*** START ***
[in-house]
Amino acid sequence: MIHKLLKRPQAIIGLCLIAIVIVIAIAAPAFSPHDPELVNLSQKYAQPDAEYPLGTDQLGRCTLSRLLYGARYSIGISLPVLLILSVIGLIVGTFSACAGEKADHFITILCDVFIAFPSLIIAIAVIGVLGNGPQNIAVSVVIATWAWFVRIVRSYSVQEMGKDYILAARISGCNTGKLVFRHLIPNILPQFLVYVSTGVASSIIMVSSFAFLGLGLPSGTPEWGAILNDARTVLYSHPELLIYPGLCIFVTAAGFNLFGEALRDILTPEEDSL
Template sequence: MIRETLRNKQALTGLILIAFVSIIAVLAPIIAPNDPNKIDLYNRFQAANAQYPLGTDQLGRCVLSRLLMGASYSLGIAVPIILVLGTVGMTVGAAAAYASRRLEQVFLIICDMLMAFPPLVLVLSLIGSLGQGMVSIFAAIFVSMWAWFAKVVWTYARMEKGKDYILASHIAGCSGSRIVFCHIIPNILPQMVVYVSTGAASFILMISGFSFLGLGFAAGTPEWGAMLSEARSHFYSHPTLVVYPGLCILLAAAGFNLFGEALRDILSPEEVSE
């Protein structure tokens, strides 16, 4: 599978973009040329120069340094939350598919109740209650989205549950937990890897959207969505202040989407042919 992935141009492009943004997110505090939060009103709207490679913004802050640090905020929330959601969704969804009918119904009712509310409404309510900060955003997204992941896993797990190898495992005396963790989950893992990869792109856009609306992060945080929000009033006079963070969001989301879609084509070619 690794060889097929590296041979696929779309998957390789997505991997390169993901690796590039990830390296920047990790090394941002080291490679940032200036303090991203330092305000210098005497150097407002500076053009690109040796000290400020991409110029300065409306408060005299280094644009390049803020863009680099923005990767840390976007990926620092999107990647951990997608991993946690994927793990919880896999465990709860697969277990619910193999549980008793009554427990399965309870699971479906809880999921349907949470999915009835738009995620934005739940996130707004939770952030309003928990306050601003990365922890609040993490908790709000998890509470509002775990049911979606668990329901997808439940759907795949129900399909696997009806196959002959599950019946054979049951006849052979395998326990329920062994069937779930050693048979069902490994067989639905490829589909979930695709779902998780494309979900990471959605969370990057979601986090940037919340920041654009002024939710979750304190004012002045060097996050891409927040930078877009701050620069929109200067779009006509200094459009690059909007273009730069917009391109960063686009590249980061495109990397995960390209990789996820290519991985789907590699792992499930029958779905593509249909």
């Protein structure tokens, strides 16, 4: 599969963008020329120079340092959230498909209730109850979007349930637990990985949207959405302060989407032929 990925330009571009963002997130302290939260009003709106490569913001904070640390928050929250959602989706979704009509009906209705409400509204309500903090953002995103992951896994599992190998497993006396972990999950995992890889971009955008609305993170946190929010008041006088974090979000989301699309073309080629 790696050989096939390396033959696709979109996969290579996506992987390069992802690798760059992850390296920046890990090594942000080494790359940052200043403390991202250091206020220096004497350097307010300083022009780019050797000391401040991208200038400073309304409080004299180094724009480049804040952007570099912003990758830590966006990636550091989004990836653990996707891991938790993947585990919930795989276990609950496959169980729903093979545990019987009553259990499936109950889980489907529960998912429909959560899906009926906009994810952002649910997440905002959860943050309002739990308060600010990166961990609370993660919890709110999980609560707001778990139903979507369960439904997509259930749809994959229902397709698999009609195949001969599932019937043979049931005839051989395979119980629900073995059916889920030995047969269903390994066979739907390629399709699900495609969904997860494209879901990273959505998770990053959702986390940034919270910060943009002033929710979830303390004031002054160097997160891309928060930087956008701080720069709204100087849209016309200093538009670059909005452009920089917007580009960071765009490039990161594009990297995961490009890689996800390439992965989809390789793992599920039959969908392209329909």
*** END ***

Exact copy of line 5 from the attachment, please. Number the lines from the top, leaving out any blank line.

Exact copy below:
């Protein structure tokens, strides 16, 4: 599969963008020329120079340092959230498909209730109850979007349930637990990985949207959405302060989407032929 990925330009571009963002997130302290939260009003709106490569913001904070640390928050929250959602989706979704009509009906209705409400509204309500903090953002995103992951896994599992190998497993006396972990999950995992890889971009955008609305993170946190929010008041006088974090979000989301699309073309080629 790696050989096939390396033959696709979109996969290579996506992987390069992802690798760059992850390296920046890990090594942000080494790359940052200043403390991202250091206020220096004497350097307010300083022009780019050797000391401040991208200038400073309304409080004299180094724009480049804040952007570099912003990758830590966006990636550091989004990836653990996707891991938790993947585990919930795989276990609950496959169980729903093979545990019987009553259990499936109950889980489907529960998912429909959560899906009926906009994810952002649910997440905002959860943050309002739990308060600010990166961990609370993660919890709110999980609560707001778990139903979507369960439904997509259930749809994959229902397709698999009609195949001969599932019937043979049931005839051989395979119980629900073995059916889920030995047969269903390994066979739907390629399709699900495609969904997860494209879901990273959505998770990053959702986390940034919270910060943009002033929710979830303390004031002054160097997160891309928060930087956008701080720069709204100087849209016309200093538009670059909005452009920089917007580009960071765009490039990161594009990297995961490009890689996800390439992965989809390789793992599920039959969908392209329909």